Innovative Leadership during Economic Crisis
The same institutional tenets guiding innovative management during good times needn’t waver during a downturn, even the present one, says Emmanuel Maceda. After two decades at Bain, one of the world’s premiere management consulting businesses, Maceda feels confident in his company’s practices and principles, which have g
Final Journey to the Hubble Space Telescope
Astronaut Mike Massimino returns to MIT and shares his experience on the Space Shuttle Atlantis (STS-125). Topics include the challenges of space walking while repairing the Hubble, having the right tools on hand for high stakes repairs, and the long hours of practice that lead up to the task.
Welcomed back to MIT by Aer
Denialism: Media in the Age of Disinformation
A few hundred years after the Enlightenment, western civilization is rushing back to the Dark Ages. The causes are debatable, but, argue these science journalists, the public increasingly rejects the findings of science, from climate change to evolution, and is turning away from rationality and reason in general.
Bill Porter in Conversation with Howard Anderson
Some of the lessons Bill Porter picked up as a 13-year-old ranch hand in Colorado seem to have lasted a lifetime. When his boss told him to drive over a treacherous mountain pass into town for some chicken feed, Porter said he could not yet drive. He was told, “Just do it.” And when he faced taking a team of horses out to pas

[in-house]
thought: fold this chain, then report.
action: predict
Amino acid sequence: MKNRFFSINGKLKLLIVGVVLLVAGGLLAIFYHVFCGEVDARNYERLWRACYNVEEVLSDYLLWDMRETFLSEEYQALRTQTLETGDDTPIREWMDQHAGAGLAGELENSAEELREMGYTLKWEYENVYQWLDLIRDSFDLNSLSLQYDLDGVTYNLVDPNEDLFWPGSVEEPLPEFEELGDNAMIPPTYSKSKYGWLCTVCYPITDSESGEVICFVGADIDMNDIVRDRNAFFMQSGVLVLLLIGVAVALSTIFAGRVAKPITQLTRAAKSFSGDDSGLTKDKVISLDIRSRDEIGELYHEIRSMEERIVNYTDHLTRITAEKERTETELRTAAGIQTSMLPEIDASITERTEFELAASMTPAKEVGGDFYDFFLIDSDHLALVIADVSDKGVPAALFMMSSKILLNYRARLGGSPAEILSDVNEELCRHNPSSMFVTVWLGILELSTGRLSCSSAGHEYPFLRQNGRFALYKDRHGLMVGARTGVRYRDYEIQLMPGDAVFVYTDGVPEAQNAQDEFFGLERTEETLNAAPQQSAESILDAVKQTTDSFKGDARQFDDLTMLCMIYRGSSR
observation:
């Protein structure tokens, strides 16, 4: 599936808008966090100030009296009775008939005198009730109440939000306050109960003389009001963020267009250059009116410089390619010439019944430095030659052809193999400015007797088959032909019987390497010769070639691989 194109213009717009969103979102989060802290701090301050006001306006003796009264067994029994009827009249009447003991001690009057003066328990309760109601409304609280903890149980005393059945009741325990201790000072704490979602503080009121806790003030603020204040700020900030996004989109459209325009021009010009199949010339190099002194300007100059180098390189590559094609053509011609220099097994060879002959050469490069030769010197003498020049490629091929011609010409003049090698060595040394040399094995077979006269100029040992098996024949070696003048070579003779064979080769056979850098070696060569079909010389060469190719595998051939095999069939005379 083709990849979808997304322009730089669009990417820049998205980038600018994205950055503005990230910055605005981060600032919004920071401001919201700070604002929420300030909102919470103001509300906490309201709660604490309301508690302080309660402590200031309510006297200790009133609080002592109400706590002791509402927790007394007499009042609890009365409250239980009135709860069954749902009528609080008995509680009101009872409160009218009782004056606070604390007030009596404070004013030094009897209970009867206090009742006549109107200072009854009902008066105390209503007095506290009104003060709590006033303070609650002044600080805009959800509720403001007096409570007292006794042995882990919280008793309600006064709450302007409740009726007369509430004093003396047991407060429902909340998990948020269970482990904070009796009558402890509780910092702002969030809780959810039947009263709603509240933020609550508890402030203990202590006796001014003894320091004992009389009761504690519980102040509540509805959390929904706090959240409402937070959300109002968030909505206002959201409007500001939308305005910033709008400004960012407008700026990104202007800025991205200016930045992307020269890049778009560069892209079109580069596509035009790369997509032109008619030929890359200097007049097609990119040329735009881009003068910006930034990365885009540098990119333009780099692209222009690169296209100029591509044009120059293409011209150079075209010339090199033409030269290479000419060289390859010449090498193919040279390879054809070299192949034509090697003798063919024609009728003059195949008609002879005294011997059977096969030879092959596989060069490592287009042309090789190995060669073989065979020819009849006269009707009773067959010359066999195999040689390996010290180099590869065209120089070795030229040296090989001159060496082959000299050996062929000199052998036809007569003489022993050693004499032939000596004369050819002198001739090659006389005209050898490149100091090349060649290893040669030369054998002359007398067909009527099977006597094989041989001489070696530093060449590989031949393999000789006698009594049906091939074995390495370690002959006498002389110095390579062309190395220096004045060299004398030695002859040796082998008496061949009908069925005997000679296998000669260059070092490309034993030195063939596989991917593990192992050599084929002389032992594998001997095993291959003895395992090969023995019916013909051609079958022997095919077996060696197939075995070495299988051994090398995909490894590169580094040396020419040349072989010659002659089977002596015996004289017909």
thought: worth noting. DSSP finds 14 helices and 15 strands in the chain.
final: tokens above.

The Gutenberg Parenthesis: Oral Tradition and Digital Technologies
Should we view the last 500 years or so of Western culture as a strange interlude, defined by printed page and other artifacts that once dominated the landscape but are now fading in relevance? In this forum, Thomas Pettitt makes the deliberately provocative case for a Gutenberg “Parenthesis” -- a period marked b
Chomsky on Gaza
While he admits to no surprise about events in Gaza, Noam Chomsky does consider “the latest U.S.-Israeli attack on helpless Palestinians” a step beyond terrorism and aggression. He says “some new term is needed for the sadistic and cowardly torture of people caged with no possibility of escape, being pounded daily by the most s
Nicholas Pearce is a proud advocate of programs that help young people from urban areas transition into higher education. He has not only benefited from such programs, but has given back through his participation as a volunteer, mentor, and speaker. As a high schooljunior, he attended MIT's six-week summer program, Minority Introduction t